The most important rule about web development is “Do not trust the user”. This is especially true for incoming request data on the input stream. With WSGI this is actually a bit harder than you would expect. Because of that Werkzeug wraps the request stream for you to save you from the most prominent problems with it.
The input stream has no end-of-file marker. If you would call the
read() method on the wsgi.input stream you would cause your application to hang on conforming servers. This is actually intentional however painful. Werkzeug solves that problem by wrapping the input stream in a special
LimitedStream. The input stream is exposed on the request objects as
stream. This one is either an empty stream (if the form data was parsed) or a limited stream with the contents of the input stream.
Werkzeug parses the incoming data under the following situations:
streamand the request method was POST or PUT.
These calls are not interchangeable. If you invoke
parse_form_data() you must not use the request object or at least not the attributes that trigger the parsing process.
This is also true if you read from the wsgi.input stream before the parsing.
General rule: Leave the WSGI input stream alone. Especially in WSGI middlewares. Use either the parsing functions or the request object. Do not mix multiple WSGI utility libraries for form data parsing or anything else that works on the input stream.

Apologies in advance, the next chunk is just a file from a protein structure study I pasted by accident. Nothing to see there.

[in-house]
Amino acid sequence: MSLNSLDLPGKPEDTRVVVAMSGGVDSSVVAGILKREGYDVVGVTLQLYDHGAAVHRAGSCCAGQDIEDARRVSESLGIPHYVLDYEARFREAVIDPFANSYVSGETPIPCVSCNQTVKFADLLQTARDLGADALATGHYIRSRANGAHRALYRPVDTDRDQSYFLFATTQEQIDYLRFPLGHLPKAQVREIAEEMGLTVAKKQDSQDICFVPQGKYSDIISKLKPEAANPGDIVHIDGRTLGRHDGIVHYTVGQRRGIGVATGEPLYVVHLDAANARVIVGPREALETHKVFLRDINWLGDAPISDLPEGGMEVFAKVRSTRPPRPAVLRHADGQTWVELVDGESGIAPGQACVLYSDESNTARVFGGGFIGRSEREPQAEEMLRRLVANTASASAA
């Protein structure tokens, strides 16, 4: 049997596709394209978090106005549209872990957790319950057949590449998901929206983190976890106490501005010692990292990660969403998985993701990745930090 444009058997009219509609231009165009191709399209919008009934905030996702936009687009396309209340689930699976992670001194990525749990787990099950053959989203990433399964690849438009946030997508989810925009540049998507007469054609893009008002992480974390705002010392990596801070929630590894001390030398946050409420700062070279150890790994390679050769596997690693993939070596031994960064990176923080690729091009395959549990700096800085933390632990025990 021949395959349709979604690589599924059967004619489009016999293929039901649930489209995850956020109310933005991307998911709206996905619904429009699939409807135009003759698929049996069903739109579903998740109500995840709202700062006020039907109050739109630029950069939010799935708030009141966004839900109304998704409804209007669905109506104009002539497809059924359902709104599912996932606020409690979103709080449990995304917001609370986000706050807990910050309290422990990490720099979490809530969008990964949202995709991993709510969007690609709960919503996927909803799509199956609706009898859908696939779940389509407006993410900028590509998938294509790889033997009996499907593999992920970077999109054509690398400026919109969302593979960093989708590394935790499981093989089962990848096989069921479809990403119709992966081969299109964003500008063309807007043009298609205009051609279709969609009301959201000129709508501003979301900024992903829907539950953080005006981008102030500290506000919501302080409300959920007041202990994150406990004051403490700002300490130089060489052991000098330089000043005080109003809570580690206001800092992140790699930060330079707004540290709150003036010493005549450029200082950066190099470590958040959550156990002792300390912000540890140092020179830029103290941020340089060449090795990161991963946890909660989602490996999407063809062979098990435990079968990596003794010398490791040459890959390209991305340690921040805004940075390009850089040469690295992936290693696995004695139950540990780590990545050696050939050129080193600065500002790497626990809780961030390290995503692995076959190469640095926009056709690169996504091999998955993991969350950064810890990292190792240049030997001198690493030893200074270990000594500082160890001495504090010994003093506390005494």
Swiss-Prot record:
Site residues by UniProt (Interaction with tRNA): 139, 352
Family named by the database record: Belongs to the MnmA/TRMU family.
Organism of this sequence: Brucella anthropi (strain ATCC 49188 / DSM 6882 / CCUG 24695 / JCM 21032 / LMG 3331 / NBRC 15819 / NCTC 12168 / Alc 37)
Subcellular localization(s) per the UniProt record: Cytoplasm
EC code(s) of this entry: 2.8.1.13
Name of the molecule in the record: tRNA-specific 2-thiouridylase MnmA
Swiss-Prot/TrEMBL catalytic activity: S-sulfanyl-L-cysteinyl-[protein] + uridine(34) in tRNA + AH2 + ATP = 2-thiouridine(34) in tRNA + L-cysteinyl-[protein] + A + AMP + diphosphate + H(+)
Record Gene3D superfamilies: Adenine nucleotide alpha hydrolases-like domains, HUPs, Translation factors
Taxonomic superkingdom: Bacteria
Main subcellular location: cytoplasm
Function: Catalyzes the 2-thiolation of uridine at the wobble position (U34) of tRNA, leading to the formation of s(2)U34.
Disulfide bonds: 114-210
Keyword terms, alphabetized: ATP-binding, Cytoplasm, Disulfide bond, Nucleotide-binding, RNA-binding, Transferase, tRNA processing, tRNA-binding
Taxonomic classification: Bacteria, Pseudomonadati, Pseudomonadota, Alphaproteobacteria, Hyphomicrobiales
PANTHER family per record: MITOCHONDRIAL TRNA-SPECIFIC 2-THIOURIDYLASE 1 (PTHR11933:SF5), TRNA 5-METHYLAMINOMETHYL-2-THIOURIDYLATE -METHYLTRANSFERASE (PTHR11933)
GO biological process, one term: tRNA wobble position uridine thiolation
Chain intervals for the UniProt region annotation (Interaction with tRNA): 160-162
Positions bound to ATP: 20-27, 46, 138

The standard Werkzeug parsing behavior handles three cases:
streamwill be empty and
formwill contain the regular POST / PUT data,
fileswill contain the uploaded files as
streamwill be empty and
formwill contain the regular POST / PUT data and
fileswill be empty.
streampoints to a
LimitedStreamwith the input data for further processing.
Special note on the
get_data method: Calling this loads the full request data into memory. This is only safe to do if the
max_content_length is set. Also you can either read the stream or call
To avoid being the victim of a DDOS attack you can set the maximum accepted content length and request field sizes. The
Request class has two attributes for that:
The first one can be used to limit the total content length. For example by setting it to
1024 * 1024 * 16 the request won’t accept more than 16MB of transmitted data.
Because certain data can’t be moved to the hard disk (regular post data) whereas temporary files can, there is a second limit you can set. The
max_form_memory_size limits the size of POST transmitted form data. By setting it to
1024 * 1024 * 2 you can make sure that all in memory-stored fields are not more than 2MB in size.
This however does not affect in-memory stored files if the stream_factory used returns a in-memory file.
Modern web applications transmit a lot more than multipart form data or url encoded data. To extend the capabilities, subclass
Request and add or extend methods.